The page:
This is a collaborative post
Has your tween or teen been coming to you asking for their own mobile phone as of late? Do the majority of their friends now have mobile phones, and your child says they are feeling left out? The fact is that more and more tweens and teens are starting to own their own mobile devices, and the average age is dropping lower and lower each year. In fact, a UK-study carried out just last year shows that the majority of seven year olds now own phones – which may come as a shock to many parents out there, especially those who are wondering if a smart phone for their tween or teen is a good idea.
So, knowing that it has become the norm for tweens and teens to own their own mobile phone, it makes sense that you want to be involved in the process and make sure they not only get the ideal device, but also understand the safety tips to owning their own phone. Let this act as your guide to shopping for and owning a mobile phone for tweens and teens.
Discuss the Importance of Safe and Responsible Use
The first thing parents will want to address is safe use of the mobile phone. This should be discussed before kids even have the phone in their hands. There are some ground rules that should be laid out, and agreed to in advance. Ground rules can include:
- Not using their phone past bedtime. It may even be best if they leave their phone in a room other than their bedroom once they go to sleep.
- Discuss caring for the phone, which means not being careless and dropping it, throwing it, losing it, and so forth. Accidents happen but, at the same time, they need to learn to be careful and responsible with the device.
- Discuss if you will be using parental controls on the device – some phones have this feature.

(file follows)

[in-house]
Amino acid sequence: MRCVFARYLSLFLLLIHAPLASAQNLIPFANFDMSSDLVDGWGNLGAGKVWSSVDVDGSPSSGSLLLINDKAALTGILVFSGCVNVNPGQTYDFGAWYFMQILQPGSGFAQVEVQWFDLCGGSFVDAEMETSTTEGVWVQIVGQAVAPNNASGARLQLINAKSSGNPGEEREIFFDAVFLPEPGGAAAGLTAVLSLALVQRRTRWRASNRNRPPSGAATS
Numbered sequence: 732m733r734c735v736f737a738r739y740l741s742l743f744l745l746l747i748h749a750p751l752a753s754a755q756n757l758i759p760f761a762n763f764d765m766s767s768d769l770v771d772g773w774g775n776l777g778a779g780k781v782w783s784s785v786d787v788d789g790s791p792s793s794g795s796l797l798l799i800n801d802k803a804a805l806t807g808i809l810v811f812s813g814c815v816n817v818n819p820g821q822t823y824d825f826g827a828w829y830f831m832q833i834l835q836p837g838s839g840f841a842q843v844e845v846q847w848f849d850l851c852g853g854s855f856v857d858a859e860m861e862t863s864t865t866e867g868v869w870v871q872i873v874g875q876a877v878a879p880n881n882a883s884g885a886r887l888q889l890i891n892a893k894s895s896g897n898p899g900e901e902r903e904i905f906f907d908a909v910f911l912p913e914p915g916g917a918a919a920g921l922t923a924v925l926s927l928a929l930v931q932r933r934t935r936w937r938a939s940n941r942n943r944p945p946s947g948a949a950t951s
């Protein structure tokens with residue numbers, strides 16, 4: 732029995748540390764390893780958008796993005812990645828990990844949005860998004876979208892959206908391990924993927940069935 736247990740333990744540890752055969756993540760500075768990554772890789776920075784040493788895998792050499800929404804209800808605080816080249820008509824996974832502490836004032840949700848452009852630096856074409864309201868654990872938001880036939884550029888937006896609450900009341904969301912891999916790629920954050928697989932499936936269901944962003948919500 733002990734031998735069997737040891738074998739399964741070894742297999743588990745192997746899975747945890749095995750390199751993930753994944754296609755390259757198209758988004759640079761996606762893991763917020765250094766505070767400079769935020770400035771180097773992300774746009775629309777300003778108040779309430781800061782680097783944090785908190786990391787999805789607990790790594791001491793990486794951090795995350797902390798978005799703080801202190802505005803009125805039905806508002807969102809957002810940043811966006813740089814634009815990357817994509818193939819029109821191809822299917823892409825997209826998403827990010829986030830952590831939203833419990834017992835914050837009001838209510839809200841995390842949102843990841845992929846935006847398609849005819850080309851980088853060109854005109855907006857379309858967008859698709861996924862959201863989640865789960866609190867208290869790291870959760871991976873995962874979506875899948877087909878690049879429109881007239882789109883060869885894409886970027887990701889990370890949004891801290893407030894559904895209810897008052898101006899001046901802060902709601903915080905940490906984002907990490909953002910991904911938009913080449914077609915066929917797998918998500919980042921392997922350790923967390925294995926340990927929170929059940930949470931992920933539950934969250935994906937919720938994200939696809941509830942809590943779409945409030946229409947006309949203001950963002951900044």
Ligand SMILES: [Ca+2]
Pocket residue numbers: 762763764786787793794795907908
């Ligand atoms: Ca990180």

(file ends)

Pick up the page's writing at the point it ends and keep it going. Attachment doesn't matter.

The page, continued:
- You may want to set the rule that there are no devices allowed at the table while eating; instead, the family needs to be engaging with each other.
- Discuss what sites are not appropriate to visit online; this could be where parental controls are necessary for younger tweens.
- Discuss good pictures and bad pictures to send to people. Remind them that anything sent to another person is no longer in their control.
- Moving forward, talk to them about the calls they get and place, who they are chatting with, the texts they send and receive, and so forth. You can keep the conversation light as it isn’t meant to be an inquisition; rather it’s about keeping the lines of communication open with your child and ensuring they are using their device in an appropriate manner.
- Explain why it’s important to never share their location to the public or their phone number, not to respond to calls and texts if they don’t recognise the number.
- Also discuss things like what spam is, why they shouldn’t download items without asking you first, and what to do if they receive an explicit photo.
These can be pretty heavy topics to cover, but the fact is that you can’t play it too safe nowadays and your child’s safety is always the top of your priority list.
Look for SIM Only Deals
Another tip has to do with the plan you choose for your teen. You want to be given flexibility to cancel or change the plan at any point, and that is what SIM only deals tend to offer. Lebara is an excellent option for parents who want a plan that features this kind of flexibility for their teen, as the 30-day rolling plans can be cancelled or changed whenever you like. Not only that, but you won’t be faced with any surprises on the bill as Lebara features an out of bundle capped to zero.